Bug ends season for Danedream

Danedream’s season is over in circumstances nobody could have anticipated. Last week she was one of the favourites for the Arc, but fate took a turn in the form of equine infectious anaemia, and she was unable to travel to France.

Another horse in one of the stables in Cologne, where Peter Schiergen trains Danedream had tested positive for the virus last week, with the result that all 300 or so horses stabled there were put into quarantine. Trainer Peter Schiergen had hoped that it might be possible to take the horse east for the Japan Cup next month, but that the quarantine means that has now virtually been ruled out.

Although Danedream herself has been tested and found to be free of the virus, she and all other Cologne based horses will be confined to quarters until a second series of tests take place, which is unlikely to happen before next January. The problem means an end to racing for this year at the track, with the result that Dusseldorf has picked up the final card, and will host the Group 3 Preis des Winterfavoriten, Germany’s Racing Post Trophy, on Sunday.

As for Danedream, Patrick Barbe, spokesman for part owner Teruya Yoshida said it was likely that she would stay in training with Schiergen and would race again next year. He said, “At the moment the chances are good. Maybe she will go to Dubai to start with. She will go on any going, any track; what she needs is a very competitive race. But at the moment we have other problems before thinking of that.”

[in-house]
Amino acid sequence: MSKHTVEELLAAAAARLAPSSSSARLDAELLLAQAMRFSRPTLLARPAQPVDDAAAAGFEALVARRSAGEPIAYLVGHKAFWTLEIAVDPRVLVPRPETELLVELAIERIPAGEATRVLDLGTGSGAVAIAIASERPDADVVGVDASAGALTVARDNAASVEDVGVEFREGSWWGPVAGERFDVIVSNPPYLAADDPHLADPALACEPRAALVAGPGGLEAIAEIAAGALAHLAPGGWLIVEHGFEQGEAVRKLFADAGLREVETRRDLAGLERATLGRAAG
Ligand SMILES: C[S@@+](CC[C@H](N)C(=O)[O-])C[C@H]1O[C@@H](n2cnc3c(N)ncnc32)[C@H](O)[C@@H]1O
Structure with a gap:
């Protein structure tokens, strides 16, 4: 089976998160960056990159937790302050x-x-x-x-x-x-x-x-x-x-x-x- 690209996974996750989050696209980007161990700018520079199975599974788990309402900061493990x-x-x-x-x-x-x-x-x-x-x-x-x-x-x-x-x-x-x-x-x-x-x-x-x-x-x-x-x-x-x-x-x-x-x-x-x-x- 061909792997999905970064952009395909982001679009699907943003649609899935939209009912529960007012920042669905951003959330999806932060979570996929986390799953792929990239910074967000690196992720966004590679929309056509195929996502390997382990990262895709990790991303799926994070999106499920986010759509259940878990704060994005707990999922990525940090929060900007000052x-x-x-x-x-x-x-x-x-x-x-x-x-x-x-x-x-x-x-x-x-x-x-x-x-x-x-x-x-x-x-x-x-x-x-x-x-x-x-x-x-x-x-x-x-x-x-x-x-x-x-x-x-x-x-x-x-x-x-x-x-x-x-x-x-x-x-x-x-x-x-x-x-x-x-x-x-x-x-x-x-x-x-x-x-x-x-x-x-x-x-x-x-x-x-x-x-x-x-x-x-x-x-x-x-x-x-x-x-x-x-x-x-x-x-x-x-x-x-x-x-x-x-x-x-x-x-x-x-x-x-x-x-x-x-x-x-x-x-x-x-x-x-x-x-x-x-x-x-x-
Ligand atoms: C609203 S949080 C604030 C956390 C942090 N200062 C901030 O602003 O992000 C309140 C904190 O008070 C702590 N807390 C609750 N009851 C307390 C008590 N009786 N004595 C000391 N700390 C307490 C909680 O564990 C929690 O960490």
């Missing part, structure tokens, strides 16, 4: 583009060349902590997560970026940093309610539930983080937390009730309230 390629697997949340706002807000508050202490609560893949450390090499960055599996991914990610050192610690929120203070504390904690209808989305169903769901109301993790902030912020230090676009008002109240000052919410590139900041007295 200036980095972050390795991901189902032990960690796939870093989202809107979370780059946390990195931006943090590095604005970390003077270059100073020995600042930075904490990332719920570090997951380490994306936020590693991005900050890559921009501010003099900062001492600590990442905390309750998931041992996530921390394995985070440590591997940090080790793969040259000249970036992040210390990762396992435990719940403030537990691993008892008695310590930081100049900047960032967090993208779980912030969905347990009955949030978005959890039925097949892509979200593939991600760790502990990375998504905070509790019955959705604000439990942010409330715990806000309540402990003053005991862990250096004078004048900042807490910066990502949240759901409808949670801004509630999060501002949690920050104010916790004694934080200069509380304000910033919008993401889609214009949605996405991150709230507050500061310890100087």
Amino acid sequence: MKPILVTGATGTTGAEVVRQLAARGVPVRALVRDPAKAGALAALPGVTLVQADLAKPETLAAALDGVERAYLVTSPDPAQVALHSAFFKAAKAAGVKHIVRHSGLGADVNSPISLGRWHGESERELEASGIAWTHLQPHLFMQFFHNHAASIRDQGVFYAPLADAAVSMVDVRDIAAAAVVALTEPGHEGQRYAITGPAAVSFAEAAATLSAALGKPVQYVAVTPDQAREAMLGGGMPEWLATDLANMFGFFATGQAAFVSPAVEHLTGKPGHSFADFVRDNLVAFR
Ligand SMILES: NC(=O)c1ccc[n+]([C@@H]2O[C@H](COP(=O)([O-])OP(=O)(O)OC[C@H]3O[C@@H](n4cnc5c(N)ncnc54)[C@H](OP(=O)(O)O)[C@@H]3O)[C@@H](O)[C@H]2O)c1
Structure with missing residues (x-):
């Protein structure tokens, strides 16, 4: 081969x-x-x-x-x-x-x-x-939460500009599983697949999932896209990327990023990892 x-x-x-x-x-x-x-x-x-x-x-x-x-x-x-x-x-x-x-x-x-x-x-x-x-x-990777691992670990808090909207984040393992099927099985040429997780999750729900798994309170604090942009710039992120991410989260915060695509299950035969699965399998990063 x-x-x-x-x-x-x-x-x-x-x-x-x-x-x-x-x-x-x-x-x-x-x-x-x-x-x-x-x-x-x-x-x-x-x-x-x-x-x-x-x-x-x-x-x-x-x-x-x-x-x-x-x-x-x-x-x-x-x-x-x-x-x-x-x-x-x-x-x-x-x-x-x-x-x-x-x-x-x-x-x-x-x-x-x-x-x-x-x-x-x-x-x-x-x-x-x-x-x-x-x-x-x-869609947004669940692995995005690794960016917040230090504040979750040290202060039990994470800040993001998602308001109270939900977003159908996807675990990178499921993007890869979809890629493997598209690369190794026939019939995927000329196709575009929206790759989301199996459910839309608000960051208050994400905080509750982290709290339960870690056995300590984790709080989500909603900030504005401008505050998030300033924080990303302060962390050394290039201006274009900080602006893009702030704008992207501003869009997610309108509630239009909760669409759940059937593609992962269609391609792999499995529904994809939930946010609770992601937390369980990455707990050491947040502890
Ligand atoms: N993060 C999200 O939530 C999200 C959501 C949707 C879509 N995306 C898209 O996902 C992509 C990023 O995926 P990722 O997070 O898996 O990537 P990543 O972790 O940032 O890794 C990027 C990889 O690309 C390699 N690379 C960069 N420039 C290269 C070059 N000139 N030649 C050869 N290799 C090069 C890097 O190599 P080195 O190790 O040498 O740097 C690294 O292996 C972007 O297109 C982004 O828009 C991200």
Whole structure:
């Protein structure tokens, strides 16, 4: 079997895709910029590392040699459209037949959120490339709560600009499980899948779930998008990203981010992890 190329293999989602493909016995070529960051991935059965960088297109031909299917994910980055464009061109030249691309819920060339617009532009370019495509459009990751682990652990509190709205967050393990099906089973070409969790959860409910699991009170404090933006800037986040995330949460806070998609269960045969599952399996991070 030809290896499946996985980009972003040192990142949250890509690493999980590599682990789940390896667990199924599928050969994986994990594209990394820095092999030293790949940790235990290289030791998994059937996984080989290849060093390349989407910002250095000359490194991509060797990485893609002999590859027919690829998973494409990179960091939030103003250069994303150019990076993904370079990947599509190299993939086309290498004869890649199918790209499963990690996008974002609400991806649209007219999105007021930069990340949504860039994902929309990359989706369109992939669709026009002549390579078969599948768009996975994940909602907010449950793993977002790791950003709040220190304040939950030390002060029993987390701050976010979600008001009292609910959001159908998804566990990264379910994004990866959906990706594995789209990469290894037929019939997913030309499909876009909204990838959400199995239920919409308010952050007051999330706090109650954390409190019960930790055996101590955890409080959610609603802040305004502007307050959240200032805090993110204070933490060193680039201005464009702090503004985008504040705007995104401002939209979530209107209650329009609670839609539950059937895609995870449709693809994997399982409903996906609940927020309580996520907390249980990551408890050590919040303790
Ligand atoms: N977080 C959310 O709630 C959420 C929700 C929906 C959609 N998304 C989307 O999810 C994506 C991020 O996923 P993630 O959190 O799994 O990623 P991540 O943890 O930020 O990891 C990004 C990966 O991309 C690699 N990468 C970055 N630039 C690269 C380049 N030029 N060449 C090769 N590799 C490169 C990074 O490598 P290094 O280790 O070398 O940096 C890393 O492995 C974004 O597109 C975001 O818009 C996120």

Meanwhile, authorities have announced the permanent closure of the circuit at Bremen after the meeting there on 21 October. The track has been run by the local authority, and following the latest elections in the region, the new council has said it will not continue any financial support for the racetrack.

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2 replies
    • IanS
      IanS says:

      Equine Iinfectious Anemia is quite unusual, thankfully. In the UK there was one case in 1976, another in 2012 and one this year, none in racehorses. But the law requires any infected animal to be put down. In America, things are less severe. If it crops up, an infected horse has to be kept 300 yard away from any uninfected animal. As there’s no known treatment for the disease, you have to isolate it to prevent any further transmission. As the symptoms don’t usually appear immediately after infection, there’s a lengthy quarantine period.

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